MLB calls it possible for 2003; Rays say they're not in danger.
© St. Petersburg Times
published February 6, 2002
ST. PETERSBURG -- Major League Baseball pushed contraction back a year, but top Tampa Bay officials say the Rays won't be shoved onto the endangered franchises list.
Losing court battles and a race with the calendar, commissioner Bud Selig said Tuesday baseball would wait until 2003 but remained "fully committed" to eliminating at least two teams.
The delay could provide Minnesota interests time to work out a sale and stadium deal that would save the Twins, and by Tuesday night there already was media speculation the Rays would be targeted next to pair with Montreal.
Rays managing general partner Vince Naimoli said it won't happen.
"I am not concerned that the Devil Rays might be a candidate a year from now," Naimoli said Tuesday. "I firmly believe we will not be because of the positioning of our revenues.
"I do think the subject of contraction is very important and must proceed. We're totally supportive of contraction and believe it is one of many solutions to attain competitive balance and economic parity. While I certainly grieve for the area's fans who might be contracted, I'm very glad the fans in our area will not suffer."
Commissioner Bud Selig said economics of the coming season could play a large role in the contraction equation. Chief operating officer John McHale Jr. said the Rays have a chance to control their future.
"We have a challenge to continue to show our partners in this game that we will, on a long-term basis, generate the revenues required to be successful," McHale said. "I don't think this (announcement) creates any more urgency or puts any more pressure on us than we have put on ourselves to begin with."
The Rays believe they have two major factors in their favor:
Baseball officials have said the primary criteria for contraction is a lack of local revenue, generated by ticket sales, radio and TV rights, sponsorships, signage and other such items.
The Rays, in figures released in December, ranked 21st out of 30 teams in total local revenue. They were 16th without factoring in gate receipts, which is one category that can vary significantly from year to year.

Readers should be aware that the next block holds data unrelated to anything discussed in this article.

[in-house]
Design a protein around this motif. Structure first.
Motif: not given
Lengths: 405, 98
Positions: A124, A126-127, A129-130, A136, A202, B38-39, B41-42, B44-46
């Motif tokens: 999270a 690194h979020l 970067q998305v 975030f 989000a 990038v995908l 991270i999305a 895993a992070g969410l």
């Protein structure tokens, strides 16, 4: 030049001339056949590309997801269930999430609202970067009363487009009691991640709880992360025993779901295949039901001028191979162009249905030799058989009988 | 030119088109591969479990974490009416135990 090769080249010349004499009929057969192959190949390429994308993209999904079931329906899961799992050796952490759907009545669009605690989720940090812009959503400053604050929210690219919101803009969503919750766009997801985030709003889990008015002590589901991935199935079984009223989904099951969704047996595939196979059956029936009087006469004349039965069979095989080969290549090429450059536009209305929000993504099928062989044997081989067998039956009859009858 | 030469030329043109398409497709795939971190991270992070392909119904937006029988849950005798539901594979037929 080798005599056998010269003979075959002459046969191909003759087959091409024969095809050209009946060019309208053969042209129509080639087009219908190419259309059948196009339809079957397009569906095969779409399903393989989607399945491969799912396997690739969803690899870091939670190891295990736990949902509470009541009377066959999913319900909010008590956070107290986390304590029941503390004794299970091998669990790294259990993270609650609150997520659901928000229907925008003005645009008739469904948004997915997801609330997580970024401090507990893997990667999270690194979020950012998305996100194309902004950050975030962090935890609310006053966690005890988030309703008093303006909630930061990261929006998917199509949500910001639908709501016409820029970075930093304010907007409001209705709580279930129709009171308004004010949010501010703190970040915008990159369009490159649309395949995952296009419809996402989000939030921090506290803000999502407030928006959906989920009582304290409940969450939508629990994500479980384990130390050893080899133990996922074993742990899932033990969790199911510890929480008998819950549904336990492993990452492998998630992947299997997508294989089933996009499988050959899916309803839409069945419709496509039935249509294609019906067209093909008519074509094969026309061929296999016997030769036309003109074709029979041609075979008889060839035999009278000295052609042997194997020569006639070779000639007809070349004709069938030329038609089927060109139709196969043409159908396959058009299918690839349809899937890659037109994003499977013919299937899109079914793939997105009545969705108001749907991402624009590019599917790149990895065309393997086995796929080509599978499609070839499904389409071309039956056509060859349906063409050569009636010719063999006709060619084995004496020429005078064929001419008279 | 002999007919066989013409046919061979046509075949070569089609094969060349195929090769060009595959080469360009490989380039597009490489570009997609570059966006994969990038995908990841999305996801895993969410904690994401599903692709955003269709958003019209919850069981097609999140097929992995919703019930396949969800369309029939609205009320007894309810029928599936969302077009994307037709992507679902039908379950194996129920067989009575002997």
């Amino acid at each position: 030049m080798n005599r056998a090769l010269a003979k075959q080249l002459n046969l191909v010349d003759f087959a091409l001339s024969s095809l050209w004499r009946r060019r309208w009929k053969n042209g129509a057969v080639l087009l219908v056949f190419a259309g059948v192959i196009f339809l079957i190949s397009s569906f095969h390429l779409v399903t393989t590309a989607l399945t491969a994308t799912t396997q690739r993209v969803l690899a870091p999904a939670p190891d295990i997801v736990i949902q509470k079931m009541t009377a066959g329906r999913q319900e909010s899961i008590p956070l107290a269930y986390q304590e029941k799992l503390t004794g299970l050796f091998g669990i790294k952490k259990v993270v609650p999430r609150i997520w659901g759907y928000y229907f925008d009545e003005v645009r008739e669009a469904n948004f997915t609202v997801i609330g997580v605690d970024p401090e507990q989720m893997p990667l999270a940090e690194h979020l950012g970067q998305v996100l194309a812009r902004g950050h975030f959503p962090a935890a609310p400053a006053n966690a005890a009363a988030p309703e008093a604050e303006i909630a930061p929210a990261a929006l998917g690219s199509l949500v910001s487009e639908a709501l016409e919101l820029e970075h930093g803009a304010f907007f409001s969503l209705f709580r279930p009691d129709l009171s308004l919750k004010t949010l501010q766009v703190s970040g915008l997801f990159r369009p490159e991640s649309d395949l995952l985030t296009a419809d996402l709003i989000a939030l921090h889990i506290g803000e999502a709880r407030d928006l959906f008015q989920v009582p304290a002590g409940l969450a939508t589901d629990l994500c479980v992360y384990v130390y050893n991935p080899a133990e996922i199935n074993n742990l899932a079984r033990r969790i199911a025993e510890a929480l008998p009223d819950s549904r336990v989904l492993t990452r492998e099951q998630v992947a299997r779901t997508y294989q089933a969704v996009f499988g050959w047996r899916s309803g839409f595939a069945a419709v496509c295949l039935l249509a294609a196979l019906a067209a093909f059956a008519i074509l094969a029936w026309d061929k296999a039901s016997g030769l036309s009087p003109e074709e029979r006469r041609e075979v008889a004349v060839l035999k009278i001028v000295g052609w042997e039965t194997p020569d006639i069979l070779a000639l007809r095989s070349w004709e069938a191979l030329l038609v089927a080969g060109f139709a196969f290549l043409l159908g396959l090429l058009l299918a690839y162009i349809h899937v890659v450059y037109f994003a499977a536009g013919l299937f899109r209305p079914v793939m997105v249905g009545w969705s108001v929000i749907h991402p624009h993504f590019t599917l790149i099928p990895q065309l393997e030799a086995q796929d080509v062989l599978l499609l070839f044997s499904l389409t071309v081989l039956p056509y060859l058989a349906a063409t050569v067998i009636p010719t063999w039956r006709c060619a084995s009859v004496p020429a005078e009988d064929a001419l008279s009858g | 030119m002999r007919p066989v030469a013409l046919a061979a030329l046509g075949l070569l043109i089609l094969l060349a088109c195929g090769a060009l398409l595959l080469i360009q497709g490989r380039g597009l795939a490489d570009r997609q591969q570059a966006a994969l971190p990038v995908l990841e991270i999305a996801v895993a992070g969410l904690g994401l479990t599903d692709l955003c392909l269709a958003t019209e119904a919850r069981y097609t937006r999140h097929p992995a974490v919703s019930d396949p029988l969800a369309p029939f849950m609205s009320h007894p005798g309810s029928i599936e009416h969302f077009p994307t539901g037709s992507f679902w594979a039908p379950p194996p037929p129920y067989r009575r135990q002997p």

"We're very grateful to our fans and sponsors in that our revenue ranks us in the upper two-thirds of baseball and consequently we have never been a subject for contraction," Naimoli said.
Though some major sponsorships and suite contracts are up for renewal, McHale said the Rays expect to retain their middle-of-the-pack ranking. Season-ticket sales and renewals, following the industry trend, appear to be down only slightly from last season's estimated 9,500.
The principal issue stopping contraction this year was the Twins lease at the Metrodome, and the Rays have a much longer, and apparently stronger, lease for Tropicana Field.
The Metropolitan Sports Facilities Commission, which operates the Metrodome, sued to force the Twins to honor the one remaining year on their lease. A local judge issued an injunction forcing the team to play the 2002 season, the Minnesota Court of Appeals upheld the order, and the state Supreme Court refused to hear an appeal.
Naimoli said the Rays lease, which runs through the 2027 season, would be "a great deterrent to the Tampa Bay Devil Rays being a candidate for contraction." So, too, he said, would state attorney general Bob Butterworth, who has taken MLB to court once on this matter.
Selig, in a statement, said the "current economic circumstance" makes contraction "absolutely inevitable as certain franchises simply cannot compete and cannot generate enough revenues to survive."
He also made it clear the threat of contraction, possibly by up to four teams, would be a major issue in the labor negotiations with the players union.
The union vigorously opposes contraction and filed a grievance shortly after the Nov. 6 announcement, contending the issue must be negotiated. The owners say they must bargain only the effects of contraction, such as player dispersal. The arbitrator's ruling may well determine what happens next.
CAMP ROSTER GROWS: Seven players from the farm system, including first-round draft picks Rocco Baldelli and Josh Hamilton, have been invited to major-league spring training.
Hamilton, the top overall pick in 1999, and Baldelli, the Rays' first pick in 2000, will be joined by outfielder Carl Crawford, whose stock has risen rapidly and is becoming one of the organization's most promising prospects.
Also invited were left-handed pitcher Jon Switzer (the No. 2 pick in 2001), infielder Jorge Cantu, catcher Paul Hoover and pitcher Travis Harper.
SPRING SCHEDULE: The Rays added a March 29 home game against Minnesota to their spring schedule. First pitch is set for for 1:05.